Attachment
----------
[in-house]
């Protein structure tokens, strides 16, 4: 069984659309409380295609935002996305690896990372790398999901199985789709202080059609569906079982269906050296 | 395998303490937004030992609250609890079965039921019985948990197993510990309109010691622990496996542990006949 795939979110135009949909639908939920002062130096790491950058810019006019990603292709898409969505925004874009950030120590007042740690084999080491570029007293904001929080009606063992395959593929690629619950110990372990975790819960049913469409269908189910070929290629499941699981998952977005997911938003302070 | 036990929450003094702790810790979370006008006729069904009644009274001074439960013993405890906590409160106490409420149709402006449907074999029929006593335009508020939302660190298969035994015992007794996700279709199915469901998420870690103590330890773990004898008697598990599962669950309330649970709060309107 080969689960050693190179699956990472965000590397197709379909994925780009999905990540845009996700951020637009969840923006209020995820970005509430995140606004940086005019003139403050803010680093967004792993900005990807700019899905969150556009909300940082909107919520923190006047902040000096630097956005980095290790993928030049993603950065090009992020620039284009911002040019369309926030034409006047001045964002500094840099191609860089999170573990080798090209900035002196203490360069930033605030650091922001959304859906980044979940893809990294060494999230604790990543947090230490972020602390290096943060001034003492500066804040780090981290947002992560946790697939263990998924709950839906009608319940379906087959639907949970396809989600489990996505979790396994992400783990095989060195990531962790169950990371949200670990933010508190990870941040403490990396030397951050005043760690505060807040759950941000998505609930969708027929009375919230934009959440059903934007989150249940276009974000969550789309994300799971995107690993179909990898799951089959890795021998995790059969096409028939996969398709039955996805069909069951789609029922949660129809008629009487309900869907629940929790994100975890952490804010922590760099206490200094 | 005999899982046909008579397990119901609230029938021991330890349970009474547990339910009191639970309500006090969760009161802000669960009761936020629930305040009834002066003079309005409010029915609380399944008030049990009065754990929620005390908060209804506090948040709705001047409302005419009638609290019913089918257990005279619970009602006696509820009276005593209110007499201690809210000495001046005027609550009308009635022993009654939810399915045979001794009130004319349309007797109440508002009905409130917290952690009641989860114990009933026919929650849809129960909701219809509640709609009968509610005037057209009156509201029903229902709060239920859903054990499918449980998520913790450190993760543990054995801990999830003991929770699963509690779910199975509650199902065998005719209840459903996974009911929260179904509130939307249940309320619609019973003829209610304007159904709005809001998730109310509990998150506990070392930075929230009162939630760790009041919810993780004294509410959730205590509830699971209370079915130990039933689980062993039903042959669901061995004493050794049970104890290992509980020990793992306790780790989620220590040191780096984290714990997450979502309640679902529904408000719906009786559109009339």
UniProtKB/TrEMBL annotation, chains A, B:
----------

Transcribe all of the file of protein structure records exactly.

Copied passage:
[in-house]
């Protein structure tokens, strides 16, 4: 069984659309409380295609935002996305690896990372790398999901199985789709202080059609569906079982269906050296 | 395998303490937004030992609250609890079965039921019985948990197993510990309109010691622990496996542990006949 795939979110135009949909639908939920002062130096790491950058810019006019990603292709898409969505925004874009950030120590007042740690084999080491570029007293904001929080009606063992395959593929690629619950110990372990975790819960049913469409269908189910070929290629499941699981998952977005997911938003302070 | 036990929450003094702790810790979370006008006729069904009644009274001074439960013993405890906590409160106490409420149709402006449907074999029929006593335009508020939302660190298969035994015992007794996700279709199915469901998420870690103590330890773990004898008697598990599962669950309330649970709060309107 080969689960050693190179699956990472965000590397197709379909994925780009999905990540845009996700951020637009969840923006209020995820970005509430995140606004940086005019003139403050803010680093967004792993900005990807700019899905969150556009909300940082909107919520923190006047902040000096630097956005980095290790993928030049993603950065090009992020620039284009911002040019369309926030034409006047001045964002500094840099191609860089999170573990080798090209900035002196203490360069930033605030650091922001959304859906980044979940893809990294060494999230604790990543947090230490972020602390290096943060001034003492500066804040780090981290947002992560946790697939263990998924709950839906009608319940379906087959639907949970396809989600489990996505979790396994992400783990095989060195990531962790169950990371949200670990933010508190990870941040403490990396030397951050005043760690505060807040759950941000998505609930969708027929009375919230934009959440059903934007989150249940276009974000969550789309994300799971995107690993179909990898799951089959890795021998995790059969096409028939996969398709039955996805069909069951789609029922949660129809008629009487309900869907629940929790994100975890952490804010922590760099206490200094 | 005999899982046909008579397990119901609230029938021991330890349970009474547990339910009191639970309500006090969760009161802000669960009761936020629930305040009834002066003079309005409010029915609380399944008030049990009065754990929620005390908060209804506090948040709705001047409302005419009638609290019913089918257990005279619970009602006696509820009276005593209110007499201690809210000495001046005027609550009308009635022993009654939810399915045979001794009130004319349309007797109440508002009905409130917290952690009641989860114990009933026919929650849809129960909701219809509640709609009968509610005037057209009156509201029903229902709060239920859903054990499918449980998520913790450190993760543990054995801990999830003991929770699963509690779910199975509650199902065998005719209840459903996974009911929260179904509130939307249940309320619609019973003829209610304007159904709005809001998730109310509990998150506990070392930075929230009162939630760790009041919810993780004294509410959730205590509830699971209370079915130990039933689980062993039903042959669901061995004493050794049970104890290992509980020990793992306790780790989620220590040191780096984290714990997450979502309640679902529904408000719906009786559109009339």
UniProtKB/TrEMBL annotation, chains A, B: